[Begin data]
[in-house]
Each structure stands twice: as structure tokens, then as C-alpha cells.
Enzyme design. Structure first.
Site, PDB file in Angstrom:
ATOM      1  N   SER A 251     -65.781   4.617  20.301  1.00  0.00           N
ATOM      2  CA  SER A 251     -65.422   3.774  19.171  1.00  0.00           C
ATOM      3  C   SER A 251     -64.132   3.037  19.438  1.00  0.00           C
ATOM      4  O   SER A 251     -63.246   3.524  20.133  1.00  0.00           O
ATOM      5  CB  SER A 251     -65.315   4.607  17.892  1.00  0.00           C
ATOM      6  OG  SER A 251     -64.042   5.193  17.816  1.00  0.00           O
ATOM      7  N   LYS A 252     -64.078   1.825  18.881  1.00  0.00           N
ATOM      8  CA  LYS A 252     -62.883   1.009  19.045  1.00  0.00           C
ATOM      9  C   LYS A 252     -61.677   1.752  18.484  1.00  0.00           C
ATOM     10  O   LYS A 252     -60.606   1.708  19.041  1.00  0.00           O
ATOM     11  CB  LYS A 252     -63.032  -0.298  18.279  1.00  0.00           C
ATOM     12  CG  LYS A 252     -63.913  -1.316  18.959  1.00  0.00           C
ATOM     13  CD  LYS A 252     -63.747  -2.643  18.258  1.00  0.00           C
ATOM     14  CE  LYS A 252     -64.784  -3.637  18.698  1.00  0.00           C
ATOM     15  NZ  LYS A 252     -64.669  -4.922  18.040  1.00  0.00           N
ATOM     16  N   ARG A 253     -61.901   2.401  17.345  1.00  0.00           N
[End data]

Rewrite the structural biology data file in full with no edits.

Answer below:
[in-house]
Each structure stands twice: as structure tokens, then as C-alpha cells.
Enzyme design. Structure first.
Site, PDB file in Angstrom:
ATOM      1  N   SER A 251     -65.781   4.617  20.301  1.00  0.00           N
ATOM      2  CA  SER A 251     -65.422   3.774  19.171  1.00  0.00           C
ATOM      3  C   SER A 251     -64.132   3.037  19.438  1.00  0.00           C
ATOM      4  O   SER A 251     -63.246   3.524  20.133  1.00  0.00           O
ATOM      5  CB  SER A 251     -65.315   4.607  17.892  1.00  0.00           C
ATOM      6  OG  SER A 251     -64.042   5.193  17.816  1.00  0.00           O
ATOM      7  N   LYS A 252     -64.078   1.825  18.881  1.00  0.00           N
ATOM      8  CA  LYS A 252     -62.883   1.009  19.045  1.00  0.00           C
ATOM      9  C   LYS A 252     -61.677   1.752  18.484  1.00  0.00           C
ATOM     10  O   LYS A 252     -60.606   1.708  19.041  1.00  0.00           O
ATOM     11  CB  LYS A 252     -63.032  -0.298  18.279  1.00  0.00           C
ATOM     12  CG  LYS A 252     -63.913  -1.316  18.959  1.00  0.00           C
ATOM     13  CD  LYS A 252     -63.747  -2.643  18.258  1.00  0.00           C
ATOM     14  CE  LYS A 252     -64.784  -3.637  18.698  1.00  0.00           C
ATOM     15  NZ  LYS A 252     -64.669  -4.922  18.040  1.00  0.00           N
ATOM     16  N   ARG A 253     -61.901   2.401  17.345  1.00  0.00           N